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The box came via the Post Office on a Thursday morning. The return address carried no name just a P. O. Box in Ventura California. It contained a sealed envelope and a dozen big ringed binders filled with neat handwriting. The envelope was addressed to me and marked "Personal and Confidential." It contained the following:
I suppose this is a surprise to you, but, for the life (or now death) of me, I couldn't find anyone else in the world to take it. You are the only person who ever paid me to write anything, my only editor or publisher. I suppose that you can throw it out, I know how hard it is to publish things. However, I had the idea that you might one day revive The Blue Review and, since for almost four years I was a contributor, I would hate not to be a part of that. The binders contain the miscellaneous writings of Dorian Taylor, the name by which you knew me. It is quite an improbable name and actually the name of the hero of the novel Top Forty, which you will find in the third binder. I am not going to give you my real name, because I have always rather despised it and, if by some miracle my writings find their way into the public eye, I would prefer they be under the pseudonym I created for that purpose.
In Yard Sale, the novella in the first binder, I wrote the following:
"All human endeavor resolves itself into group activity. The artist who paints alone in a garret cannot exist alone. In order to secure what he needs to paint, canvas, brushes and the like, he has to know a merchant who sells these things. Having painted, he must then sell his painting. In order to do this, he needs to know gallery owners. So it is with all things within society. It is never enough to be good, or even great. One must be both able and willing to join a group in order to enter society. Van Gogh, arguably the greatest painter of all time, at least the most expensive, was never able to do this. It was left, therefore, to a group of people to discover his paintings, and sell them, after the impediment of his physical presence was removed from the scene. Because Vincent did not cultivate the acquaintance of gallery owners, he painted beneath the glass floor. He could clearly see other painters of lesser talent and greater social skills, exhibit and sell paintings. He saw, but did not understand. Painting is incidental to success in painting. The social skills required to convince gallery owners to display and sell paintings are the prerequisite. The curious feature of this is that the best artists are often anti-social. This leaves any thoughtful person to imagine that the best of art goes out with the rest of the trash just before the estate sale. More than likely, this is the case."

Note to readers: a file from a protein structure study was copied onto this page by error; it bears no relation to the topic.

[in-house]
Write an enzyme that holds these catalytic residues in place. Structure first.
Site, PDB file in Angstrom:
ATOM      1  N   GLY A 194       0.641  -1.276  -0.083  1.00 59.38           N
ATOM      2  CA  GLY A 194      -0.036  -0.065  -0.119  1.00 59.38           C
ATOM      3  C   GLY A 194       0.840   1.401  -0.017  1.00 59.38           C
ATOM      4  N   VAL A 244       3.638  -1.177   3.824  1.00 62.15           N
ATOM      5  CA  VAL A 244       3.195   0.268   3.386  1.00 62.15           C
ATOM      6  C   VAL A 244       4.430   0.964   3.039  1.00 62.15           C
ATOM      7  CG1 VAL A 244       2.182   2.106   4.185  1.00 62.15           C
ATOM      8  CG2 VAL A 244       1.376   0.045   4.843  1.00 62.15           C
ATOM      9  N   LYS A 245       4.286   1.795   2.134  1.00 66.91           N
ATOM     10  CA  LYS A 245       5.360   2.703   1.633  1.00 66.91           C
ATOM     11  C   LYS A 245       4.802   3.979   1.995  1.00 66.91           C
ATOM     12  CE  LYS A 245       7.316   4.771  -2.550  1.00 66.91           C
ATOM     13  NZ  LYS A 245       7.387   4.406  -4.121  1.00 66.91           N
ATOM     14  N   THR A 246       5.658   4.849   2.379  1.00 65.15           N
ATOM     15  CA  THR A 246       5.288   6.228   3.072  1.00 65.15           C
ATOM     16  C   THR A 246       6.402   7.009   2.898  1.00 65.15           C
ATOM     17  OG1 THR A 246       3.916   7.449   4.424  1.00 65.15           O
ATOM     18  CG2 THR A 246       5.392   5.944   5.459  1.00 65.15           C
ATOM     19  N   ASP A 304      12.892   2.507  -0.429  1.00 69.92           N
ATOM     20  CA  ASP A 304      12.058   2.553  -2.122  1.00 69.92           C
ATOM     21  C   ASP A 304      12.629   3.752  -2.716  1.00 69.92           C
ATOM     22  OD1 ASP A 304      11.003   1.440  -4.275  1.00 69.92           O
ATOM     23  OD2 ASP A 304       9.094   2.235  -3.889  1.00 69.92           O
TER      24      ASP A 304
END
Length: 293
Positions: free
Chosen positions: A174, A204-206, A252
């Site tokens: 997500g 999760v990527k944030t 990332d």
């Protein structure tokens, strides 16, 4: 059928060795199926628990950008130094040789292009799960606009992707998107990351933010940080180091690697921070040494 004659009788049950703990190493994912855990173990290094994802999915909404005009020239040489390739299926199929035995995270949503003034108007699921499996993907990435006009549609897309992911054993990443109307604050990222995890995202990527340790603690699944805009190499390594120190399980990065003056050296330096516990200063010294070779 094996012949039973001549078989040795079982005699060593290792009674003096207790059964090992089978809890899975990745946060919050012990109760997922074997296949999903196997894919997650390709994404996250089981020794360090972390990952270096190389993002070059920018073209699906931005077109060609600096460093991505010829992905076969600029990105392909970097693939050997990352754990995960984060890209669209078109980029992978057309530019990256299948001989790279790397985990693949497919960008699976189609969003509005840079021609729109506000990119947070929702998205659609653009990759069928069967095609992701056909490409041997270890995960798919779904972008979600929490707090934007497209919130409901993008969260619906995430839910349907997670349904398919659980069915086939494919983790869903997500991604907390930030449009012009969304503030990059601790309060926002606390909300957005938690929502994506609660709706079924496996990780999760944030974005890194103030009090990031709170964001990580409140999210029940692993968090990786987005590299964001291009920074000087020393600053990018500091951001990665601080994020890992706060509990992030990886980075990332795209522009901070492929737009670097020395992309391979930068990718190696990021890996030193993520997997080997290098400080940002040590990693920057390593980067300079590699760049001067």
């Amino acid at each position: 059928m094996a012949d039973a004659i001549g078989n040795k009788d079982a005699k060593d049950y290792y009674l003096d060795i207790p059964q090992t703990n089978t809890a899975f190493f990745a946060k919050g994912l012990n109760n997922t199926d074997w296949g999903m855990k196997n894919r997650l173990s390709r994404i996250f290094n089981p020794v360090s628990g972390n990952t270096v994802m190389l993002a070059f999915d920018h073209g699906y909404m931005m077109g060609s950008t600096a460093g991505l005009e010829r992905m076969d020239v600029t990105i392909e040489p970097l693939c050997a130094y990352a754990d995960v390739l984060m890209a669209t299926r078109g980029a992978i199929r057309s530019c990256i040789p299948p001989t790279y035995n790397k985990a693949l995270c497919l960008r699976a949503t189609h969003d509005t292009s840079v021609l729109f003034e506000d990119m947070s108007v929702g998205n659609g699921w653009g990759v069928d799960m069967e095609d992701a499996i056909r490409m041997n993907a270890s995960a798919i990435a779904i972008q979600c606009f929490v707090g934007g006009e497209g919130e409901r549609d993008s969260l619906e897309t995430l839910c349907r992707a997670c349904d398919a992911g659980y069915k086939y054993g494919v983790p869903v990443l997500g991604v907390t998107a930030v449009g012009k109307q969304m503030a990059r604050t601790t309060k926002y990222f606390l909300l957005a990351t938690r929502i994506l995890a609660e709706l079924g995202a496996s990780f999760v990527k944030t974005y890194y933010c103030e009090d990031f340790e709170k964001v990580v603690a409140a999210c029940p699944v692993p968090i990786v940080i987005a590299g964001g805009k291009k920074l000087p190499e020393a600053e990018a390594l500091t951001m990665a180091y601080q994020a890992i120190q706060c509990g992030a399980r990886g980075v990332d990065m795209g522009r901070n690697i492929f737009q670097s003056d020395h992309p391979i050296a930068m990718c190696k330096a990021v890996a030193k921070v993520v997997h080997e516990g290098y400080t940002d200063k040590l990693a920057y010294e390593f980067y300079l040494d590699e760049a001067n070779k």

Since I have always been a bit unconventional I decided to change this formula a bit and send my artistic production to the only person who ever seemed to like it. You are, of course, invested with all it's rights etc. The only favors I would ask is that you dedicate any book to Valerie, with the poem I have included as the first page in the first binder, and that you credit my writing to Dorian Taylor.
From 1997 to 2001, I edited a literary ezine called The Blue Review and Dorian Taylor had been one of my most popular contributors. I hadn't heard from him (or her) since I stopped publishing the ezine and I honestly know nothing about him (or her). The box was a total surprise, and a wonderful one. Whoever Dorian Taylor is, or possibly was as the letter seemed to indicate that he (or she) is no longer with us, he (or she) was a very inventive, interesting and enjoyable writer.